5 wine resolutions to make 2016 your best vintage

Comments
Photo courtesy Jason Yamasaki

Let 2016 be the year you up your wine game. You know, really “crush” it.

Here are five simple resolutions that will transform you into a wine connoisseur this year.

1. Explore a grape or region you’ve never tried before

Defaulting to Pinot Grigio and Cabernet Sauvignon every time doesn’t make for a fulfilled wine life. Expand your wine horizons with these lesser-known grapes and regions to start your year of new flavours.

  • Grapes: Riesling, Chenin Blanc, Gruner Veltliner, Gamay Noir, Grenache, Dolcetto, Cabernet Franc, Nebbiolo
  • Regions: Piedmonte, Italy; Rheingau, Germany; All of Portugal; Yarra Valley, Australia; Loire Valley, France; Vancouver Island

For even more ideas, you should…

2. Start a relationship with a wine shop or sommelier

Introduce yourself to the sommelier at the restaurant or wine store and tell them you plan to try new wines. Give them a budget, a few words about what you’ve enjoyed in the past, and check in regularly with feedback. Before you know it, you’ll be greeted by name with a curated list of new discoveries.

My most inspiring partnerships have been with passionate local shops like Marquis Wine Cellars, Liberty Wine Merchants, and Kitsilano Wine Cellars. And hey, here’s your personal invitation to crush my inbox with questions: Email me! (I may regret this…)

Now that your palate is experiencing all these new flavours, it’s time to start experimenting and…

3. Taste wine with EVERYTHING!

Some of the most compelling food and wine harmonies come from unexpected places. Sip some fresh lemon juice and follow that up with a taste of wine. Did you experience why acidity is SO important in food and wine pairing? Now try a taste of Sriracha or hot sauce before the wine. Did the wine flare up to scorch your palate or did it cuddle the spice? Taste tests like these will influence how you choose wine at home, at a Thai restaurant or with Indian or Szechuan takeout.

You’ll want to remember and personalize these experiences (good and bad), so now it’s time to…

4. Start a wine journal

Photo courtesy Jason Yamasaki

Photo courtesy Jason Yamasaki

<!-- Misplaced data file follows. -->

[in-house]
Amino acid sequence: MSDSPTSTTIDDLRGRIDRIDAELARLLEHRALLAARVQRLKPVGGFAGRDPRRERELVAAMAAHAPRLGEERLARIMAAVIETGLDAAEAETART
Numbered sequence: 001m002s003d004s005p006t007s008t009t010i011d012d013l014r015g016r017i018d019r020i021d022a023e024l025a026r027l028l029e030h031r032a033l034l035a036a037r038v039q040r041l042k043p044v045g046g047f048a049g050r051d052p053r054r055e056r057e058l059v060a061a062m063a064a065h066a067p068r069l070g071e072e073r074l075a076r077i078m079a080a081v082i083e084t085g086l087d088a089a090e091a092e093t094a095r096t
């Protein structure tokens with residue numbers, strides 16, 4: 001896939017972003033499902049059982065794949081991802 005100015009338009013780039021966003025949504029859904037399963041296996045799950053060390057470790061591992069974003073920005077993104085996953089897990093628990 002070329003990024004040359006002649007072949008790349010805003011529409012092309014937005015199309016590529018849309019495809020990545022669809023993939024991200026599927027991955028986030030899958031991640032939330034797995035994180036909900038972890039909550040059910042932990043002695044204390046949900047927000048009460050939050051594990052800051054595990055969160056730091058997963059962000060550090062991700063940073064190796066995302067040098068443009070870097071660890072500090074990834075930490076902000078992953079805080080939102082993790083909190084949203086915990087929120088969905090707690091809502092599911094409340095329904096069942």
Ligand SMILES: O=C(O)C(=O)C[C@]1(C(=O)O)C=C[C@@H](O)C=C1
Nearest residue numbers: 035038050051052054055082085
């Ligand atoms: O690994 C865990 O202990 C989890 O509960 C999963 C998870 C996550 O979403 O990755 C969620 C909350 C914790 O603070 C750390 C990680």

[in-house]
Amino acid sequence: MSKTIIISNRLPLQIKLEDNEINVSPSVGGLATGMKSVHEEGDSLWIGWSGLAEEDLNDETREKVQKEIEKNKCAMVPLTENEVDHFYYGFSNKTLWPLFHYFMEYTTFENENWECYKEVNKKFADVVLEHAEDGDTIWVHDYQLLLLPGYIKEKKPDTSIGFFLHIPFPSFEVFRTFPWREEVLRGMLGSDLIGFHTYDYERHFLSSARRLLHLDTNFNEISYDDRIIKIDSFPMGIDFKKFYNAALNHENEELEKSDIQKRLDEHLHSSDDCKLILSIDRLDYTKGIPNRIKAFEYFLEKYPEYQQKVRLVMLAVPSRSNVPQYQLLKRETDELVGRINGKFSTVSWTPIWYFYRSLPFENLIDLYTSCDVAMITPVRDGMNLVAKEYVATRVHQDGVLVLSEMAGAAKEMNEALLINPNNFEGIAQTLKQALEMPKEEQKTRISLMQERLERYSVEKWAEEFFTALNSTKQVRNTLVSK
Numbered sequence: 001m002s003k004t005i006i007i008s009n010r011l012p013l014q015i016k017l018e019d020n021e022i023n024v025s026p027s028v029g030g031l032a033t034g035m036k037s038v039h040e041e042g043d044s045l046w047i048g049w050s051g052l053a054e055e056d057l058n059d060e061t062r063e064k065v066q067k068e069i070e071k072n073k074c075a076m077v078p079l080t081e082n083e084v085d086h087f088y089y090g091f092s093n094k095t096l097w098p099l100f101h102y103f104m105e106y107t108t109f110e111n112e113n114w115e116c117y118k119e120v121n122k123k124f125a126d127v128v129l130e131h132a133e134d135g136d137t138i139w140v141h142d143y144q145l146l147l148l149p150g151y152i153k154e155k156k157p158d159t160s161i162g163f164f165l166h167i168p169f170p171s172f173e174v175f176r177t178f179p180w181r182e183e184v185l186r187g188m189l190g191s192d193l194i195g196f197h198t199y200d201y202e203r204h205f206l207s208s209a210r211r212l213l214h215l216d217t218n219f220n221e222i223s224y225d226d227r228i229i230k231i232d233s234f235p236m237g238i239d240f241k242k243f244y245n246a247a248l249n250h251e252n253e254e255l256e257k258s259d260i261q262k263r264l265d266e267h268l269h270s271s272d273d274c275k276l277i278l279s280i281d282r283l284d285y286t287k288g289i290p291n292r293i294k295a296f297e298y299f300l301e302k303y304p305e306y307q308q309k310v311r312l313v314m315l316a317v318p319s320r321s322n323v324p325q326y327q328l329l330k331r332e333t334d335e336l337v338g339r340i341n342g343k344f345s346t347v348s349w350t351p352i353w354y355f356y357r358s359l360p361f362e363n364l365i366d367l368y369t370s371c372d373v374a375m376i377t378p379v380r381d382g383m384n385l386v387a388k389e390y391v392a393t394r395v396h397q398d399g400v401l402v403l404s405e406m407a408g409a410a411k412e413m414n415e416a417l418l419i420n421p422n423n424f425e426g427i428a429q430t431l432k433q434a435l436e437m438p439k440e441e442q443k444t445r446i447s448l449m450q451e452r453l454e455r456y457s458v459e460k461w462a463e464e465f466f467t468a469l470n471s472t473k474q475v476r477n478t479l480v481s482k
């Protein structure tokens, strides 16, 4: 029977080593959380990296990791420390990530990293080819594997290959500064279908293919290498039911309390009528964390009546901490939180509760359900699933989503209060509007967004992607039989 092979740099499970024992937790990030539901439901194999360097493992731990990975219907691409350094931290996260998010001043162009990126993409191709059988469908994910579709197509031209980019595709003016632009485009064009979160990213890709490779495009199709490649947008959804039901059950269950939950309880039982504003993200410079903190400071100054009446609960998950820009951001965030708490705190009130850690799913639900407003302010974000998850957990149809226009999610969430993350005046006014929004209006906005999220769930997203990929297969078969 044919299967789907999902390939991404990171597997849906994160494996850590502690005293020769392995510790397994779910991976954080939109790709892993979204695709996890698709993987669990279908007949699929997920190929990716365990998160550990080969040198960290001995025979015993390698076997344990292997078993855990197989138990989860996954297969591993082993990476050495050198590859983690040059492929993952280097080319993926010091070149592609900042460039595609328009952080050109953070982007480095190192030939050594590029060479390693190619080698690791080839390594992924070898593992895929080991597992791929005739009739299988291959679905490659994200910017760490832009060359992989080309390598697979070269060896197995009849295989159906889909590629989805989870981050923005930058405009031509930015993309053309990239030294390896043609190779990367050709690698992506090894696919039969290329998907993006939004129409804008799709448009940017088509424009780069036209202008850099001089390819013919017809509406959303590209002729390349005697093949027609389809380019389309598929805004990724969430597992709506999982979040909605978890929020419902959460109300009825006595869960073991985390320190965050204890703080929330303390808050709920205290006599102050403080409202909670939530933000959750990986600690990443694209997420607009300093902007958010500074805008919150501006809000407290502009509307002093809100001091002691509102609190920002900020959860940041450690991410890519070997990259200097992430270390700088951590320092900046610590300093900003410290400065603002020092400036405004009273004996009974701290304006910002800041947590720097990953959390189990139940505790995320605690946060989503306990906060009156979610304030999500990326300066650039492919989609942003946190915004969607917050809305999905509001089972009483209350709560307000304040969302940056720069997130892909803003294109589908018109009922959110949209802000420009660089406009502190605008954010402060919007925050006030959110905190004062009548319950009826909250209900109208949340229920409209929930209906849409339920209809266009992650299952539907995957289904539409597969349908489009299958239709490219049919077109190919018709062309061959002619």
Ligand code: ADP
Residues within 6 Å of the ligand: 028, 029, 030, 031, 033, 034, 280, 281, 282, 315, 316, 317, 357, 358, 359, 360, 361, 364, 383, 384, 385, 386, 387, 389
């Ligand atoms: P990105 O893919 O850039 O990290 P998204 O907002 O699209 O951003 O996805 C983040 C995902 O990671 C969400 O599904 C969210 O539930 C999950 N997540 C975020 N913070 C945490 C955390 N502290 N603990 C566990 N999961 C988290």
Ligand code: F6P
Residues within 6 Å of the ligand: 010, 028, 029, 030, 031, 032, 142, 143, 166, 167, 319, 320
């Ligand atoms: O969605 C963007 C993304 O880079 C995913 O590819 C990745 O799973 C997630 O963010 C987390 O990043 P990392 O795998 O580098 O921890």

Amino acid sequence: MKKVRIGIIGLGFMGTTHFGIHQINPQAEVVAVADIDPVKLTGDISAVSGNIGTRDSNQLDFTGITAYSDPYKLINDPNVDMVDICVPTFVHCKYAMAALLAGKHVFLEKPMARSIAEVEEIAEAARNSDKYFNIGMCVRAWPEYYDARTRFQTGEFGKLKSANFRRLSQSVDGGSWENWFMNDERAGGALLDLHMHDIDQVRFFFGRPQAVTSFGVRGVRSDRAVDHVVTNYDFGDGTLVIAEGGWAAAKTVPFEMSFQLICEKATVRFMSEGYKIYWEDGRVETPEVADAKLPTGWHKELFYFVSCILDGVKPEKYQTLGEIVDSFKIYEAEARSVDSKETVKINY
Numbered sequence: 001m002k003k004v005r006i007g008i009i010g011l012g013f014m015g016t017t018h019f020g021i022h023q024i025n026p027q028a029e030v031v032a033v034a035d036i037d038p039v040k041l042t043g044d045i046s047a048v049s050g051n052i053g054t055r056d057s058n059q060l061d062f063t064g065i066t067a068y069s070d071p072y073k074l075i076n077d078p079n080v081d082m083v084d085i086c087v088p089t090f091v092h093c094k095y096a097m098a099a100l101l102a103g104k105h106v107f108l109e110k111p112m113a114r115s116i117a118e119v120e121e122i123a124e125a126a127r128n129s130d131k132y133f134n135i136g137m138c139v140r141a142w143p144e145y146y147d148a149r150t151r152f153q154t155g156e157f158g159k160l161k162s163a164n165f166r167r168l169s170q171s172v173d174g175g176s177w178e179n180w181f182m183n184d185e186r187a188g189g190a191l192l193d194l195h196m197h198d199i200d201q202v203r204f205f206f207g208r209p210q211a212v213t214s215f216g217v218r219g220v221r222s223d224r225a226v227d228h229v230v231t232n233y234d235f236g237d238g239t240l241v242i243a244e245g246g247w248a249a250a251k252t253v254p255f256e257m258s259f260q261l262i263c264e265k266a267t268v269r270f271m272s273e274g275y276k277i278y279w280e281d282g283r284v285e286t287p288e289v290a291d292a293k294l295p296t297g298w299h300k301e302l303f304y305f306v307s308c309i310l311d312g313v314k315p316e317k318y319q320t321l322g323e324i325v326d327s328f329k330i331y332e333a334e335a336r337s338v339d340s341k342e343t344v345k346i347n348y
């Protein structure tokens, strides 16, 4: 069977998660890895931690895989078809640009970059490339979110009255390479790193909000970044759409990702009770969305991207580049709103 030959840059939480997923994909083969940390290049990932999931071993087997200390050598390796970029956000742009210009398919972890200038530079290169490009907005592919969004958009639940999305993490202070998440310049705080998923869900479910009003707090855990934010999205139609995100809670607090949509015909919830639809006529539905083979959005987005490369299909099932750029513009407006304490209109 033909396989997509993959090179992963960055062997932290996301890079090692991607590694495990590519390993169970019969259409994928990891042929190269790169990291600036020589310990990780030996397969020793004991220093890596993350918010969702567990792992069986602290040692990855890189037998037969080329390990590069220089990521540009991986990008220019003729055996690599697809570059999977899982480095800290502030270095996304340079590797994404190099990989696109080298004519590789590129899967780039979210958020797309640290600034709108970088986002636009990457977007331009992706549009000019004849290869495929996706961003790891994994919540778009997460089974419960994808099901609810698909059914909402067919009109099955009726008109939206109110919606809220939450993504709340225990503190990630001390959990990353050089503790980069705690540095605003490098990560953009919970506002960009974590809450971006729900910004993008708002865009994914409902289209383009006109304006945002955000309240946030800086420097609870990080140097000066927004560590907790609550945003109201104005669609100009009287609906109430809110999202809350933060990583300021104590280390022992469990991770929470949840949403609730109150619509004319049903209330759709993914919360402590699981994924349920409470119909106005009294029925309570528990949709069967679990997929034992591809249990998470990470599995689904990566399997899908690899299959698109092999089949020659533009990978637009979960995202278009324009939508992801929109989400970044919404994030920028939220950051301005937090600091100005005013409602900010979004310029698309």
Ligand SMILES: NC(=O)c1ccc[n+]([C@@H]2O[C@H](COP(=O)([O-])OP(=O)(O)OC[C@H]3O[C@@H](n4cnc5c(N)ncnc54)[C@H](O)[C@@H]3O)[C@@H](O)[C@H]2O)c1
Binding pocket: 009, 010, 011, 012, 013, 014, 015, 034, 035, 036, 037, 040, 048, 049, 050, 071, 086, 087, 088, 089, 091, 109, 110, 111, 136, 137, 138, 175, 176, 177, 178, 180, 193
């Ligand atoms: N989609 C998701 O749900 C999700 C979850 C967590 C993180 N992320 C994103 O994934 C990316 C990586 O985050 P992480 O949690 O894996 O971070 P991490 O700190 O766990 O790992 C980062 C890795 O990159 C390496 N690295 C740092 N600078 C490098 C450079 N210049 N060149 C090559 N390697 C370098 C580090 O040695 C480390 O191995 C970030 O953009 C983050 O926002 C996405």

A wine worth sipping is a wine worth recording. There are many custom journals like the Moleskin Wine Journal, smartphone apps such as Vivino and Delectable, and websites like CellarTracker to catalogue your wine trials. I’ve found that a simple blank notebook works for me.

Consider the following for every wine:

  • Where did you buy the wine?
  • Who did you sip it with?
  • What did it taste like?
  • Was it a delicious match to the food?
  • Would you buy it again?
  • Would you gift it to a friend?
  • Did it inspire you to do any follow-up reading about the winemaker, the vineyards or the region?

Yes? In that case, 2016 should be a year that you…

5. Build up your wine library

Other than actually traveling to the winery, reading the stories of the producers and regions is your best route to upgrading your relationship with wine. While there is a lot of free material on the internet, (Wine Folly and wineanorak.com are must-visits), dedicating a certain portion of your home bookshelf to wine is a fantastic idea.

Here are books two that profoundly influenced my view of wine:

  • The Wine Bible by Karen McNeil. Appropriately named, this is I the first wine book I ever read and it is THE comprehensive resource to everything you would want to know in digestible and relatable terms.
  • Reading Between the Wines by Terry Theise. The philosophy and the big questions. Why does wine matter? What role does wine play in a purposeful life?

Around the Web

About the author

Chambar - Jason Yamasaki
Jason Yamasaki Jason Yamasaki is the Wine Director at Chambar and was awarded the title of Best Sommelier in BC by both the Canadian Association of Professional Sommeliers (CAPS) and the 2015 Vancouver International Wine Festival.

Facebook Conversations

BACK TO TOP
BACK TO TOP